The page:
Regionally all parts of the UK have observed an increase in pace of output growth in Q1, with the exception of Northern Ireland. The was due to the pace of growth slowing within the infrastructure, private industrials and public non-housing sectors. Output growth gathered the most pace in London and the South East where the net balance rose from +7% to +22%.

Jeff Matsu, RICS Senior Economist said “The mood music in the construction sector has improved in line with the better tone to macro data more generally. However the survey does highlight some key challenges that need to be addressed if government’s ambitious plans for housing and infrastructure, in particular, are to be met. Access to finance, alongside planning and skill shortages, both quality and quantity, remain big obstacles to delivery and though some plans are in place to address these issues, it remains to be seen whether they are sufficient to make a meaningful impact.”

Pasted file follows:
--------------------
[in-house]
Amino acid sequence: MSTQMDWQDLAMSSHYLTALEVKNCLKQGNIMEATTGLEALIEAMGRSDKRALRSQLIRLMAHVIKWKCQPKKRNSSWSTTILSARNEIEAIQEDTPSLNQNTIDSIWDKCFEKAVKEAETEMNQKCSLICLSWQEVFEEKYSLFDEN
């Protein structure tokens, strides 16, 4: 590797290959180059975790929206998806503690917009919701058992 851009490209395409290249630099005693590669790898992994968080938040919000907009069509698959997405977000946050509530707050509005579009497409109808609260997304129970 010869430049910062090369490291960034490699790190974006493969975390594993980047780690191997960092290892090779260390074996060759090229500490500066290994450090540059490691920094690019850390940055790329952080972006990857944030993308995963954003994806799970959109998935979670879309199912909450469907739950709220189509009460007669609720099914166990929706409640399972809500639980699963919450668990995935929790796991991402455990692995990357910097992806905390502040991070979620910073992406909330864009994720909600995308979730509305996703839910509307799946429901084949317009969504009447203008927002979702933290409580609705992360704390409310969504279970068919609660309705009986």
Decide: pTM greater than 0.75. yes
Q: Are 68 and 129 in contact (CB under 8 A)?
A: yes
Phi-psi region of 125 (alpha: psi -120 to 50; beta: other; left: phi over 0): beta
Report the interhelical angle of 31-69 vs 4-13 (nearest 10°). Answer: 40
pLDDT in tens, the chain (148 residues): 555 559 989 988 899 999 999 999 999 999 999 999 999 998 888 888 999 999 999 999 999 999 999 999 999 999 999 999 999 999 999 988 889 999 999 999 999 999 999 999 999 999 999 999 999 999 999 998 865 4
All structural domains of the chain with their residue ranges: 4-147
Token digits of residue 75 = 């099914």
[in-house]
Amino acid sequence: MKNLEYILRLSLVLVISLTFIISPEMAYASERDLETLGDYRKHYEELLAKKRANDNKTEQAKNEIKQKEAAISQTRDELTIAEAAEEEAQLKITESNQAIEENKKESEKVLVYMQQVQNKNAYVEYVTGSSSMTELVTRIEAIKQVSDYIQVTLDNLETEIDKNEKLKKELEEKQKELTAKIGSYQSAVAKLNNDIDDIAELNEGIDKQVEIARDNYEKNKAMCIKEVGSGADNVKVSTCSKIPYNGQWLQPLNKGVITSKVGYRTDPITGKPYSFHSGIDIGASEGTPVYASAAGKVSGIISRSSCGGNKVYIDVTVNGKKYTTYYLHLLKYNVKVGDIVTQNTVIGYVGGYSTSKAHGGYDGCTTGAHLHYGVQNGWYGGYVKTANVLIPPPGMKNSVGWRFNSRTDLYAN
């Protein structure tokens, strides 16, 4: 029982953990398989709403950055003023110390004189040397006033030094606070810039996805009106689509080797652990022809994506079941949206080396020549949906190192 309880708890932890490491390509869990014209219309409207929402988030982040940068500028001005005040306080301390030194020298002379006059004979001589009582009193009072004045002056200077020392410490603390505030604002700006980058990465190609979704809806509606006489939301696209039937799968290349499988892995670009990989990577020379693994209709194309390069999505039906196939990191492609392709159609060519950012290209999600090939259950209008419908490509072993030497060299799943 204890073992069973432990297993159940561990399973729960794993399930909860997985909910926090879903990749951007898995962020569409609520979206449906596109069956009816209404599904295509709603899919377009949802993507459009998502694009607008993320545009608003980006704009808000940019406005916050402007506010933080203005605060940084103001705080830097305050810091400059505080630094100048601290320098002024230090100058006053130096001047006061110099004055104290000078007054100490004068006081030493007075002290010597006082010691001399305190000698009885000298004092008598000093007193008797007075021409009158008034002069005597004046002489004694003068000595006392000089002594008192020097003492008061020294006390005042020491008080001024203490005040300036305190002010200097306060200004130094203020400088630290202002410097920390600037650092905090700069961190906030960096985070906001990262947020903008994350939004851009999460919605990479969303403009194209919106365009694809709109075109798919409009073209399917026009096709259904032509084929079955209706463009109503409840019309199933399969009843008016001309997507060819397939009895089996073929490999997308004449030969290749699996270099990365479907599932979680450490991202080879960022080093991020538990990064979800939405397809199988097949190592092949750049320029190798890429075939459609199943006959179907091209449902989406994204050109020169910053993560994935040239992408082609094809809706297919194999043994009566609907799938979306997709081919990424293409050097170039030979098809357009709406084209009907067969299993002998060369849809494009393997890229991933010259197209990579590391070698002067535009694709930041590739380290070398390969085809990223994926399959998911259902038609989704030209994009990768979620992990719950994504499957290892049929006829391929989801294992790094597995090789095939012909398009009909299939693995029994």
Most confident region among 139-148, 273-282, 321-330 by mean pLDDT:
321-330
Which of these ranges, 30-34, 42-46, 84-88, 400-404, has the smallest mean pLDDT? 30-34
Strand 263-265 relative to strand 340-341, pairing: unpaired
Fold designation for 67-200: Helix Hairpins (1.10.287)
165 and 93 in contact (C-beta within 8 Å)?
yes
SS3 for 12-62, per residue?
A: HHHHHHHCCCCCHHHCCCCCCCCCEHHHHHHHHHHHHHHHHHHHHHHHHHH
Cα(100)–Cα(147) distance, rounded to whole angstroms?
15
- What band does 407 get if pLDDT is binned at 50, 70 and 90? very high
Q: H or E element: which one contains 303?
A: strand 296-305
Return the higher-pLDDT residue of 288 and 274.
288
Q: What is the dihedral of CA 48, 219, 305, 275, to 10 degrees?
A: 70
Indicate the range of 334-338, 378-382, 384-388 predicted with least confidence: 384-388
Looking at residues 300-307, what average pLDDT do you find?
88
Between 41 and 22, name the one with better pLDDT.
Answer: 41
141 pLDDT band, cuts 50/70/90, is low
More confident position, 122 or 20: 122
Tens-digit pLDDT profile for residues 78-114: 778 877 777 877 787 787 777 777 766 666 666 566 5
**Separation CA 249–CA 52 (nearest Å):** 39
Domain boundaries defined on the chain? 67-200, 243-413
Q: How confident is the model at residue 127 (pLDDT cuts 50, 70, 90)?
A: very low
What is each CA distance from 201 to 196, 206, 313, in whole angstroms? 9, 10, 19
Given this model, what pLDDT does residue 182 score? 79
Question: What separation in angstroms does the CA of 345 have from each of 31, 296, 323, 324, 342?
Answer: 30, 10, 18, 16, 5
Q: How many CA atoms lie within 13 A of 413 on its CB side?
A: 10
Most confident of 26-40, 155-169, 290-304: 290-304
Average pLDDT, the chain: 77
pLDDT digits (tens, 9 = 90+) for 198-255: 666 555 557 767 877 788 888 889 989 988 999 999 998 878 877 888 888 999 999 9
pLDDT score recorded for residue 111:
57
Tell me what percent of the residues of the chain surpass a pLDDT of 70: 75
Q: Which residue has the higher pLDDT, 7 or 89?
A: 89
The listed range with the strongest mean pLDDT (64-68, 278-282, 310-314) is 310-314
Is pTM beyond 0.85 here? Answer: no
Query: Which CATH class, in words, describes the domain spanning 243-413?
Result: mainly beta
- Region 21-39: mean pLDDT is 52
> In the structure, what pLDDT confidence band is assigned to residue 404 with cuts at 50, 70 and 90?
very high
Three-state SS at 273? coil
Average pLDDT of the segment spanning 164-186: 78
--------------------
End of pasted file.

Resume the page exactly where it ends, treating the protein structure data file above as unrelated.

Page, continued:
Expectations across the construction sector have now regained the ground lost post the EU vote, according to the latest Royal Institution of Chartered Surveyors (RICS) Construction Market Survey, Q4 2016.

  • National workloads still positive with the private housing displaying strongest momentum
    Road and rail set to be the fastest growing infrastructure sectors over next twelve months
    Expectations for workloads, employment and profit margins improve

An overview

Following a noticeable dip around the time of the EU referendum, expectations for output growth over the year to come strengthened for the second consecutive report. Indeed, the twelve month workloads expectations series improved to post a reading of +57% (following +49% and +23% in Q3 and Q2 respectively).